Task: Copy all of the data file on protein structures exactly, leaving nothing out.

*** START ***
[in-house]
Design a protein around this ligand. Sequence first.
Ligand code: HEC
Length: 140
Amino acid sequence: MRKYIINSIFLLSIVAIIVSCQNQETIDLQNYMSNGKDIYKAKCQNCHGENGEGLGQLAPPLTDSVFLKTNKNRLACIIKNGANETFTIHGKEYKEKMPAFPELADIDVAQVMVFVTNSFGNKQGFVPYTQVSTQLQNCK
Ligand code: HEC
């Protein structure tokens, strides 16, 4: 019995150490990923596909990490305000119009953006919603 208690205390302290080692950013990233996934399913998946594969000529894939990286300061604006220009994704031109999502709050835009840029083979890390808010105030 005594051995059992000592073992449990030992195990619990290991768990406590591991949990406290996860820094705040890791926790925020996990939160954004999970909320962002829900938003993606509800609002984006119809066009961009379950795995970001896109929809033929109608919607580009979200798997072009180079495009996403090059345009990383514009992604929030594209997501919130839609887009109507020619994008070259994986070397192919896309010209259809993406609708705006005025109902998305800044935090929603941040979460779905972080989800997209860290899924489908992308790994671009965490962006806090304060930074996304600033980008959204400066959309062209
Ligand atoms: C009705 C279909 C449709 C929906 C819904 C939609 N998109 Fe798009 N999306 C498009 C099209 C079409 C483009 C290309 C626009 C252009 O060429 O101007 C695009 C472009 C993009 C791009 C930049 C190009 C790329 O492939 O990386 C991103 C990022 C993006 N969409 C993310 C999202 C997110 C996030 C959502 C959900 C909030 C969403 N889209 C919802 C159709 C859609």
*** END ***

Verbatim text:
[in-house]
Design a protein around this ligand. Sequence first.
Ligand code: HEC
Length: 140
Amino acid sequence: MRKYIINSIFLLSIVAIIVSCQNQETIDLQNYMSNGKDIYKAKCQNCHGENGEGLGQLAPPLTDSVFLKTNKNRLACIIKNGANETFTIHGKEYKEKMPAFPELADIDVAQVMVFVTNSFGNKQGFVPYTQVSTQLQNCK
Ligand code: HEC
């Protein structure tokens, strides 16, 4: 019995150490990923596909990490305000119009953006919603 208690205390302290080692950013990233996934399913998946594969000529894939990286300061604006220009994704031109999502709050835009840029083979890390808010105030 005594051995059992000592073992449990030992195990619990290991768990406590591991949990406290996860820094705040890791926790925020996990939160954004999970909320962002829900938003993606509800609002984006119809066009961009379950795995970001896109929809033929109608919607580009979200798997072009180079495009996403090059345009990383514009992604929030594209997501919130839609887009109507020619994008070259994986070397192919896309010209259809993406609708705006005025109902998305800044935090929603941040979460779905972080989800997209860290899924489908992308790994671009965490962006806090304060930074996304600033980008959204400066959309062209
Ligand atoms: C009705 C279909 C449709 C929906 C819904 C939609 N998109 Fe798009 N999306 C498009 C099209 C079409 C483009 C290309 C626009 C252009 O060429 O101007 C695009 C472009 C993009 C791009 C930049 C190009 C790329 O492939 O990386 C991103 C990022 C993006 N969409 C993310 C999202 C997110 C996030 C959502 C959900 C909030 C969403 N889209 C919802 C159709 C859609």